Review by Benjamin Poole
Directed by: Pablo Larrain
Starring: Gael Garcia Bernal, Luis Gnecco, Mercedes Moran, Emilio Gutierrez Caba, Diego Munoz
The biopic is a tricky prospect. Usually the selling point of such movies is the veracity of the subject matter, the dread boast that the film is ‘based on a true story’, and that therein lies its inherent worth. So, it is the presentation of historical accuracy, rather than the creative imaginings, constructed drama and visualisations that characterise fiction, which is the audience attraction for biopics. They’re sort of movies that people who don’t normally go to see movies watch, with the biopic remaining the mainstay of Oscar-bait; ‘worthy’ pictures which present themselves as improving and so-so educational. And those are just the ones about people whose lives are at least half way interesting (Nelson Mandela, Johnny Cash, say). But how on earth could the life of a poet, a person who spends most of their life locked in deep contemplation and the other half scribbling down their observations - be rendered in any way dramatic? While their words may have been exceptional, their lifestyle (all that drafting and redrafting and looking up spellings in the dictionary, etc) probably wasn’t. A case in point is Jane Campion’s Bright Star, set during a period wherein some of the most exciting arrangements of the English language ever were inked, but wherein the prosaic facts of creative circumstance reduce us to witnessing Ben Wishaw’s glum Keats mooching about in picturesque drawing rooms and delicate gardens, and occasionally chasing after Fanny (Abbie Cornish) in a doomed romance narrative which is as dull as a wet day in autumn.
Like Todd Haynes’ I’m Not There however (another flick about the life of a left-wing poet), Pablo Larrain’s Neruda takes a more inventive approach to presenting the mercurial life of its subject. And, what’s more, the life of Pablo Neruda, a genius poet, is fascinating to begin with. Neruda’s words were beautiful to many yet considered dangerous to a crucial few. A poet who actually meant something to the people, Neruda also occupied many diplomatic positions within government, most notably serving a term as a senator for the Chilean Communist Party. We come in as this position is cut short when communism is outlawed, and Neruda is forced to go on the run (IRL Neruda was, it would seem, eventually assassinated on Pinochet’s orders). The stuff of ready-made legend already, but Larrain’s film aptly honours Neruda’s existence - which blended art, political existence and ideology - with a playful, almost metaphysical approach. Gael García Bernal plays an inspector who tracks Luis Gnecco’s poet as he ekes out a clandestine existence in 1940s Chile. The story is told through Bernal’s narration, which has the introspective inflection of the period’s noir voice overs. Embittered and cynical, buttoned down and envious, the inspector is a binary opposition to the libidinous, lefty poet and the film becomes a quarrel of creeds, with Neruda suggesting that each ideology cannot exist without the other.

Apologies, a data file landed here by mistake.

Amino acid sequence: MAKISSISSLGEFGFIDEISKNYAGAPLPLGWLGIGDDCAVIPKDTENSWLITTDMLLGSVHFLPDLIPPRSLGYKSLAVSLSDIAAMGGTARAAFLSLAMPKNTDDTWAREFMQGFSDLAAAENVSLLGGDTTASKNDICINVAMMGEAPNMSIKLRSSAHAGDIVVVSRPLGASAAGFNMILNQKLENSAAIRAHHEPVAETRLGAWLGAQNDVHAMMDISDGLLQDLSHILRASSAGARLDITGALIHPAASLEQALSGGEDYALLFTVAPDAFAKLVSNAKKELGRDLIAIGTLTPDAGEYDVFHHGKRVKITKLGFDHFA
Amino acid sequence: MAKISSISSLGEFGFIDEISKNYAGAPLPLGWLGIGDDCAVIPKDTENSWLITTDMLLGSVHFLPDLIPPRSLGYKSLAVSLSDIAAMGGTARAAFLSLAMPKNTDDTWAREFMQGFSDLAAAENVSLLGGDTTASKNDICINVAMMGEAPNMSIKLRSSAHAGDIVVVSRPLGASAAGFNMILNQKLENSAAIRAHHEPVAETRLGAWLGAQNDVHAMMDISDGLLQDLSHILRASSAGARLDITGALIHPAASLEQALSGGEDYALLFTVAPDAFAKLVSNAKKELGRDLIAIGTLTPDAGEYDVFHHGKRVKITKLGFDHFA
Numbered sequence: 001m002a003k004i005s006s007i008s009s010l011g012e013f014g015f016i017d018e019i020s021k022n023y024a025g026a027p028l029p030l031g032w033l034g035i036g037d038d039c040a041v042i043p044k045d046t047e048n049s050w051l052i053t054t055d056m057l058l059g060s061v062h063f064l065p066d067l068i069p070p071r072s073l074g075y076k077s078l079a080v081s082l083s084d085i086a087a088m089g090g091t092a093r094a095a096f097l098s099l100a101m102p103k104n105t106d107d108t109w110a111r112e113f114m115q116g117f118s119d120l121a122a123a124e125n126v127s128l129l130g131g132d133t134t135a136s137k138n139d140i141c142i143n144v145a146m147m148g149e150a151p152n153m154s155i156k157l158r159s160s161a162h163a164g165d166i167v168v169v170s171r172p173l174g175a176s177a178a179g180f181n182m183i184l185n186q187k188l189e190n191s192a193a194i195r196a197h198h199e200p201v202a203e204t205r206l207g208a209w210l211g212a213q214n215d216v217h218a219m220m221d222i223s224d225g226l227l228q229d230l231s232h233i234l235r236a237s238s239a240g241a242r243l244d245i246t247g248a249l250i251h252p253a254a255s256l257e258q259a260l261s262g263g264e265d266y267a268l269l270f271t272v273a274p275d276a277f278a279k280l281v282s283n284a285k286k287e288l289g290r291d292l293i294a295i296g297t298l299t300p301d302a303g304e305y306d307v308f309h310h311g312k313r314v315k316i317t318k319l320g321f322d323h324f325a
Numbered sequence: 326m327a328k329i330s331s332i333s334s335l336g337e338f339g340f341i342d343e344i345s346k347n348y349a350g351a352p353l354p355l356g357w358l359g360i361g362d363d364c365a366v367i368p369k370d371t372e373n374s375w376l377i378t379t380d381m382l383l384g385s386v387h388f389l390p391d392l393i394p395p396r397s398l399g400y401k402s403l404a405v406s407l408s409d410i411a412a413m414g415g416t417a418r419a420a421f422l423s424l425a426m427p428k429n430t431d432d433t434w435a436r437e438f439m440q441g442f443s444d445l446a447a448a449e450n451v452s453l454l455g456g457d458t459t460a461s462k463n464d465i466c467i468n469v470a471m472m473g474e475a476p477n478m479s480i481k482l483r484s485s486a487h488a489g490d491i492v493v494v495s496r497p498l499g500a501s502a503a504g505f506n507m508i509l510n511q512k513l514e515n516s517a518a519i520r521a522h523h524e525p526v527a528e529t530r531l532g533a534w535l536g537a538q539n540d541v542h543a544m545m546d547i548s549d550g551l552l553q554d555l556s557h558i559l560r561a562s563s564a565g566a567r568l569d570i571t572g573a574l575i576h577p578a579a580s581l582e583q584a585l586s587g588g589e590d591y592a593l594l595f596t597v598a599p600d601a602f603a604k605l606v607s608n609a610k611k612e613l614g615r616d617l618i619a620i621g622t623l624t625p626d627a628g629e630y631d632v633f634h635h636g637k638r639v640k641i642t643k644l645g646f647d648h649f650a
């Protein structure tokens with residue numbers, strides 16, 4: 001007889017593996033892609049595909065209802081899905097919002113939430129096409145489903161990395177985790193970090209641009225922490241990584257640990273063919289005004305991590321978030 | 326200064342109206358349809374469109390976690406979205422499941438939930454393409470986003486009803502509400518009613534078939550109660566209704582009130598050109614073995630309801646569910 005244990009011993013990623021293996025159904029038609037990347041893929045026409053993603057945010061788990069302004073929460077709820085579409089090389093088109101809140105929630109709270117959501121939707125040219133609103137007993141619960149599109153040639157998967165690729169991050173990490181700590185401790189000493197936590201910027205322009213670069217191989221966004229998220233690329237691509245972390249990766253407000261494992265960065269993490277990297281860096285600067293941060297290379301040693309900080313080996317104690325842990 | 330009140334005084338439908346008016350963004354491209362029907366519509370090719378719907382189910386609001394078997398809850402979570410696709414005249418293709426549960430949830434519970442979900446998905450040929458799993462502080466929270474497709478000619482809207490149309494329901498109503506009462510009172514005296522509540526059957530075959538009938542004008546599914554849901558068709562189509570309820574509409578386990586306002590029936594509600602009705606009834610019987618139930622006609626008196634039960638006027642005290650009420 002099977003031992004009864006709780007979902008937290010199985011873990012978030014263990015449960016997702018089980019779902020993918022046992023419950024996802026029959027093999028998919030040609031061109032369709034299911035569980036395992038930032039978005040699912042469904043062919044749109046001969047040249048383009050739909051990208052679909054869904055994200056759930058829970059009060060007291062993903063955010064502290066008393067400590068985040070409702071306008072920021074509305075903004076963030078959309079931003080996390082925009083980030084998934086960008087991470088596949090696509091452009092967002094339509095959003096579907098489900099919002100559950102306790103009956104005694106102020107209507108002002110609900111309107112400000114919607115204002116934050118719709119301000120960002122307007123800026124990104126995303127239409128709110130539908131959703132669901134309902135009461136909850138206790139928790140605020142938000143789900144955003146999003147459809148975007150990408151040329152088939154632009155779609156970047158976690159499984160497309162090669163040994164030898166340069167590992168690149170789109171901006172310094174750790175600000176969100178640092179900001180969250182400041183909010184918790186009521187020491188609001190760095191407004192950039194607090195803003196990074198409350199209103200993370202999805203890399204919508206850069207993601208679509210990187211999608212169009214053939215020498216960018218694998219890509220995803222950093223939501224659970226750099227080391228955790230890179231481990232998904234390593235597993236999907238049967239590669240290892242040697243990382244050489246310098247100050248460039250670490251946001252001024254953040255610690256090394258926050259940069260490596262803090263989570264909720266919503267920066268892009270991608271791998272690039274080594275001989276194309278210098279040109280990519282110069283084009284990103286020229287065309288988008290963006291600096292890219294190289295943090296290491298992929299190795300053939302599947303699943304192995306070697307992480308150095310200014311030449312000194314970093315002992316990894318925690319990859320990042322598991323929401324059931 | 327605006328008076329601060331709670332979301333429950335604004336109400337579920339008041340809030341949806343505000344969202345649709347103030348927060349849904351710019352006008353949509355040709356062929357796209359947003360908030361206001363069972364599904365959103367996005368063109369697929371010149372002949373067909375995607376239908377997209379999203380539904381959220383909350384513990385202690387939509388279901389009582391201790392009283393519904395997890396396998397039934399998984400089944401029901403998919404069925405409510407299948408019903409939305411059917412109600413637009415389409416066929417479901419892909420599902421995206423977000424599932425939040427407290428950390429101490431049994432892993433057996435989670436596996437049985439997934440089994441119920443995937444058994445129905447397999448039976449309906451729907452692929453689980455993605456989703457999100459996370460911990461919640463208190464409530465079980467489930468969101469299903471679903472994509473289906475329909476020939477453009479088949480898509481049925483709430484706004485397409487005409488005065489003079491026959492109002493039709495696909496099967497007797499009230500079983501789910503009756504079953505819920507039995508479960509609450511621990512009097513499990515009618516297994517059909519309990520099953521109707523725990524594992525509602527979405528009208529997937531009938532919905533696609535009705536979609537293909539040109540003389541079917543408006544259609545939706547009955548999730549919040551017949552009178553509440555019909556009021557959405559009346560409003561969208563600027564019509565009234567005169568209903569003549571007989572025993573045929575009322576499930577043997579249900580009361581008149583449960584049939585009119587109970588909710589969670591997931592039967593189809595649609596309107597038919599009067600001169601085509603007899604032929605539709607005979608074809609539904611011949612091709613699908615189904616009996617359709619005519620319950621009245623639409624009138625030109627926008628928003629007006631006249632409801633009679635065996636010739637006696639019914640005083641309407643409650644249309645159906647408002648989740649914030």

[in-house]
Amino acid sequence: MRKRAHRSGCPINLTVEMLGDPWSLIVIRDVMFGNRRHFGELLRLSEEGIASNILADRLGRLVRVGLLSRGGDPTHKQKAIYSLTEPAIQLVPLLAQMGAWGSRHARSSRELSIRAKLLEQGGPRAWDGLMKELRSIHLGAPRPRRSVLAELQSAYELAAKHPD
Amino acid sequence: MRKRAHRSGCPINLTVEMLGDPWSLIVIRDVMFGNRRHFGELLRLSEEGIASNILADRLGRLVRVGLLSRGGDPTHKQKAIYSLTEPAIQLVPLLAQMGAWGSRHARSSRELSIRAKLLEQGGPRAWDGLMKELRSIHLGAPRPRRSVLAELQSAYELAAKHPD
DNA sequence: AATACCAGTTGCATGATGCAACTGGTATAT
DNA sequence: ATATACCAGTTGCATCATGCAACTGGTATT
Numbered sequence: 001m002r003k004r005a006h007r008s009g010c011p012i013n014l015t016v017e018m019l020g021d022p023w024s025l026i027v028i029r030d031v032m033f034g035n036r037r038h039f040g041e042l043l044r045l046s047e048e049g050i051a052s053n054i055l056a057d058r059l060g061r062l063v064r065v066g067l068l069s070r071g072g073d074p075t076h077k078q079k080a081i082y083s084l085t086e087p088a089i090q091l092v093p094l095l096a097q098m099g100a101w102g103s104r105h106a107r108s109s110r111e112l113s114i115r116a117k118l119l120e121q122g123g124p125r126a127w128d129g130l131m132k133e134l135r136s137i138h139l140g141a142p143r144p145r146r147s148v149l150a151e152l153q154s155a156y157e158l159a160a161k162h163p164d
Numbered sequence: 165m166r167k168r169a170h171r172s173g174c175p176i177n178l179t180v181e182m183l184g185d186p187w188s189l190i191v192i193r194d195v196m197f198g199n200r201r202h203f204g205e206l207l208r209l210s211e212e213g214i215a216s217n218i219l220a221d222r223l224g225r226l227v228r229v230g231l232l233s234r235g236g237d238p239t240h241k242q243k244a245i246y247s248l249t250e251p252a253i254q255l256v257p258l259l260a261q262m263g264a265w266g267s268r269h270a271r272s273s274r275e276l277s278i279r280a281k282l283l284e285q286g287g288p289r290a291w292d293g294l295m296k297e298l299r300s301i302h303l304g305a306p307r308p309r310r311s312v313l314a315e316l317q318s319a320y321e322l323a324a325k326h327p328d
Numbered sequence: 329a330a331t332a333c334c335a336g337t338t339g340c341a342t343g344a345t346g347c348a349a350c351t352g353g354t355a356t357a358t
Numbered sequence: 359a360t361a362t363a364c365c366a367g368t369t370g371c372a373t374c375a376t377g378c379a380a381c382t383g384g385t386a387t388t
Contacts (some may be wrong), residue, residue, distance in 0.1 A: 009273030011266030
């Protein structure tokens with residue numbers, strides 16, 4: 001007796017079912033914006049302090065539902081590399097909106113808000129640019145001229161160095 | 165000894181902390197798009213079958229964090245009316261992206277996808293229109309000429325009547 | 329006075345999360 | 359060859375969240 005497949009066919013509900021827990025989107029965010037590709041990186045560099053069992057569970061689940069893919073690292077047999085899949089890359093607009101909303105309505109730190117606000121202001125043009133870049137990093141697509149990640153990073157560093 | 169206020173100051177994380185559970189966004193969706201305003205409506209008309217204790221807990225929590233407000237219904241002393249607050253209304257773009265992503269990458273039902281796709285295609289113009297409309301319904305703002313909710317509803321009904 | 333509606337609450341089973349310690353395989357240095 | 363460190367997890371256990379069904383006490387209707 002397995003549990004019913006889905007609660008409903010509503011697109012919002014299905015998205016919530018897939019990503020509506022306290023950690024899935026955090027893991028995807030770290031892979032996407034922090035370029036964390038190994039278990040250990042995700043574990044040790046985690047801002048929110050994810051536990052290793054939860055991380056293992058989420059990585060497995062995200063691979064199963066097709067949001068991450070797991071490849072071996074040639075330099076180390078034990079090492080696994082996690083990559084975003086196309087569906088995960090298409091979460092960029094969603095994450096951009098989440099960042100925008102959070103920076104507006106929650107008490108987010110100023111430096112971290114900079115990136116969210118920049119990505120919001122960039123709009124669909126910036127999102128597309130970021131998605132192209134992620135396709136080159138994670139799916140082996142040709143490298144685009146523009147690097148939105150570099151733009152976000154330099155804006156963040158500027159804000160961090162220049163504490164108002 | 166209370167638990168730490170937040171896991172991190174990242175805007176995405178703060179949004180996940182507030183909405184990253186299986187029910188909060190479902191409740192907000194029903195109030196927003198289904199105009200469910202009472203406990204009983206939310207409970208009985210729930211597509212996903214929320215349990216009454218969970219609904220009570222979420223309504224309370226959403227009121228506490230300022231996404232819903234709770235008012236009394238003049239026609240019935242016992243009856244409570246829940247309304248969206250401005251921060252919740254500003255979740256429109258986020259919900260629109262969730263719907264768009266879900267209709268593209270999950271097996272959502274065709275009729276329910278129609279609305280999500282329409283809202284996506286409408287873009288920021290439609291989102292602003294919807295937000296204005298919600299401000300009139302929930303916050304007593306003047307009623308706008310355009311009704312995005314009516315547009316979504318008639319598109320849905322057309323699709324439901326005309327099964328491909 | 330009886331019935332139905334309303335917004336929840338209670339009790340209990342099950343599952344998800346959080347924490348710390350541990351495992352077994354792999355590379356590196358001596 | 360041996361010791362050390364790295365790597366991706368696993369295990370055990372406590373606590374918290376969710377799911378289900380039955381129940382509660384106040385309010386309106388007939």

Larrain recreates the era in lavish detail, from the historic iconography to the brutal background of Pinochet’s regime. We see workers brutalised and herded at gunpoint into the backs of trucks by men in uniforms, people living in fear, but whose imaginations at least are emancipated by poetry and the beauty of Neruda’s stanza. At several points, we witness the incendiary precision of his verse, proudly read aloud by several different voices, as poetry always should be. ‘In this fiction, we all revolve around the protagonist’ Neruda’s wife Delia (Mercedes Morán - magnificent) ruminates, and, true to her word, Neruda’s (who is depicted here as a flawed individual, a champagne swigging shagger who’s partial to the finer things in life) importance is conveyed by his influence on the world around him and the hope he inspired.
This is no more evident than in Bernal’s Ahab figure, whose impotency and own musings - ‘the communist is always late to work… he fills his mouth with talk of peace’ - consolidate what Neruda stood, and eventually died, for. But even this, the film suggests, is a possible construct, with Neruda taunting the inspector with gifts of detective novels which in turn serve to inspire the hard-boiled existentialism of his narration. While rooting itself in fact, Larrain’s biopic uses deliberately cinematic and literary approaches to imbue the life and work of its poet with resonance and meaning. In Neruda, with its reflective narrative, and dynamic visuals, it is the word which is the truth, and love its salvation: Si nada nos salva de la muerte, al menos que el amor nos salve de la vida.
Neruda is in UK/ROI cinemas April 7th.